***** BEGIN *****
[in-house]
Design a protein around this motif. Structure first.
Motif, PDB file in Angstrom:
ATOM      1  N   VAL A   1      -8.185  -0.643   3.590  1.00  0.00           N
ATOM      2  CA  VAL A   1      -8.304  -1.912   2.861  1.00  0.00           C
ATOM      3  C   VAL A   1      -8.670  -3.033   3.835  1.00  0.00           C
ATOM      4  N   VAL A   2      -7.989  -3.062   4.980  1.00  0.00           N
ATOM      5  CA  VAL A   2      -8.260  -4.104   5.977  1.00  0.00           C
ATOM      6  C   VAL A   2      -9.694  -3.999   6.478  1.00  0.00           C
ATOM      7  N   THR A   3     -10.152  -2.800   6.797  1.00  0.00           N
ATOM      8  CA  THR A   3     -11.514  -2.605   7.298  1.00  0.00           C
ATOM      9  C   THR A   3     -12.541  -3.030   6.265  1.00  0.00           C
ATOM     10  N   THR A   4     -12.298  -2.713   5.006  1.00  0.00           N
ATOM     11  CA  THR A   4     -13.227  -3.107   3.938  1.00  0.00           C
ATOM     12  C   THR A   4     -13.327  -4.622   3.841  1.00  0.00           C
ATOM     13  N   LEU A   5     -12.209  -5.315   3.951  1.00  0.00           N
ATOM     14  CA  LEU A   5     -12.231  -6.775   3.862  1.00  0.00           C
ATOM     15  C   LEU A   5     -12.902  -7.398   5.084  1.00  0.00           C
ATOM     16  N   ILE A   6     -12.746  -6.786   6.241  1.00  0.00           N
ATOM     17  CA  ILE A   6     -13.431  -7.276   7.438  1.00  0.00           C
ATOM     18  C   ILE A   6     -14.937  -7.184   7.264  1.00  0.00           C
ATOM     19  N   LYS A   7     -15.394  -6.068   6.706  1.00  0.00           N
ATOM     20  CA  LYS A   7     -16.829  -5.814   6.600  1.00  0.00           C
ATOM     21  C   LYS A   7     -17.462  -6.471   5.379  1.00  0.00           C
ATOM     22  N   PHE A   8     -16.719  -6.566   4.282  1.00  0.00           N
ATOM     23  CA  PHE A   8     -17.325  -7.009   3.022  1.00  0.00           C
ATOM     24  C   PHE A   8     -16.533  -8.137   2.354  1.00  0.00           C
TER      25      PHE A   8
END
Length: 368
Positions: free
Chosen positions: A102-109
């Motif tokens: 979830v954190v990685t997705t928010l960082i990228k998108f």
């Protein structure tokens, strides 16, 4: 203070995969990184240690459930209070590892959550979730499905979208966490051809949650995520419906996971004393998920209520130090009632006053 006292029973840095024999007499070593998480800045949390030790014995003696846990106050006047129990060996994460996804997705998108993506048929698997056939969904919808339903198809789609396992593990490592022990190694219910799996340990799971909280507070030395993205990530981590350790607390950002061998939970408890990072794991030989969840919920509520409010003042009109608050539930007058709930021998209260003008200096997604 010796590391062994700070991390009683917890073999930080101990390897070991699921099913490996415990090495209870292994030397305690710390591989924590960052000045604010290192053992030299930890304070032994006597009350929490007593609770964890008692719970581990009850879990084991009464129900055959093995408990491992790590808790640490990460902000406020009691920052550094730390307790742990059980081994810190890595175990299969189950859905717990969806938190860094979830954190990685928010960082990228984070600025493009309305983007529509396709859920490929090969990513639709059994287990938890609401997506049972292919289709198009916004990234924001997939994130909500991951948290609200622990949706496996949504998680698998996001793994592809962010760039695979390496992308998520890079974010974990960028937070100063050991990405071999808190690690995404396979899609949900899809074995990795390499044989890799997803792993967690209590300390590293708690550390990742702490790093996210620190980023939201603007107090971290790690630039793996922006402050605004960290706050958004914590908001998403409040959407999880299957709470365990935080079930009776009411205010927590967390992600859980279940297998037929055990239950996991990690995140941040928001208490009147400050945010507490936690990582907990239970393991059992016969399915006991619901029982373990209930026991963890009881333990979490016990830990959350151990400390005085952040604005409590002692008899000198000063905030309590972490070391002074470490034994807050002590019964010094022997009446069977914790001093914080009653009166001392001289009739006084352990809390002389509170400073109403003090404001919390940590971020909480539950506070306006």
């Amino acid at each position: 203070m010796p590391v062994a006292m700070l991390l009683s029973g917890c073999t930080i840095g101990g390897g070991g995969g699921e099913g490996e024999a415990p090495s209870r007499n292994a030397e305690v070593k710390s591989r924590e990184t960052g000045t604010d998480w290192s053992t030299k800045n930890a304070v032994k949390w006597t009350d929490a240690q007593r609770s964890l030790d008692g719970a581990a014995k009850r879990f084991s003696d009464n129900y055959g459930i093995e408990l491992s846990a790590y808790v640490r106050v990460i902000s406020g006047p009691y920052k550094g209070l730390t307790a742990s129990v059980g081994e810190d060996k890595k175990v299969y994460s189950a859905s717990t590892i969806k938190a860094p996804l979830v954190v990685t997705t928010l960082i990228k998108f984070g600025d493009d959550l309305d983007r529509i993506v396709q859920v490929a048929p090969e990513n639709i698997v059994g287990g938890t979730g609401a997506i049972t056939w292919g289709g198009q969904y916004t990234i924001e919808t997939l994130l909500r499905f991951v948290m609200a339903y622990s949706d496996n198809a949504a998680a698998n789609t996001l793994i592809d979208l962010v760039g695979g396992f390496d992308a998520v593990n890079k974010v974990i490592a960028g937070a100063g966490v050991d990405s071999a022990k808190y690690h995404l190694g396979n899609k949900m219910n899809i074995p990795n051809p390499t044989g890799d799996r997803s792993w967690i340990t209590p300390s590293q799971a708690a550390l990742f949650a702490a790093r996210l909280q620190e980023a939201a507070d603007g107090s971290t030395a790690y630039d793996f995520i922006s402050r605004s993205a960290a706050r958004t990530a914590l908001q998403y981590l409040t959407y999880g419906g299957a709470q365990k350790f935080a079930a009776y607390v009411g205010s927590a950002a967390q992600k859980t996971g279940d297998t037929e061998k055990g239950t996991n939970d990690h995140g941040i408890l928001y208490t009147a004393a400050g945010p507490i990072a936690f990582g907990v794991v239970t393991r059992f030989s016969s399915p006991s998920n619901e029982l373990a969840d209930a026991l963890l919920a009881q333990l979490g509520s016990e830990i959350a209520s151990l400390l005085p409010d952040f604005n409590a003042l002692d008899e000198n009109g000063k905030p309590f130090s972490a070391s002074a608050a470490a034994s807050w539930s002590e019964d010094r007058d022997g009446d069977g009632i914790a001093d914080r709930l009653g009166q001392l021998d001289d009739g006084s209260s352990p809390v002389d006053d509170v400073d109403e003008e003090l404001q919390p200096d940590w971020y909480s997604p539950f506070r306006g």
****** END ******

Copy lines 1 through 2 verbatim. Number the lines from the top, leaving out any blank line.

[in-house]
Design a protein around this motif. Structure first.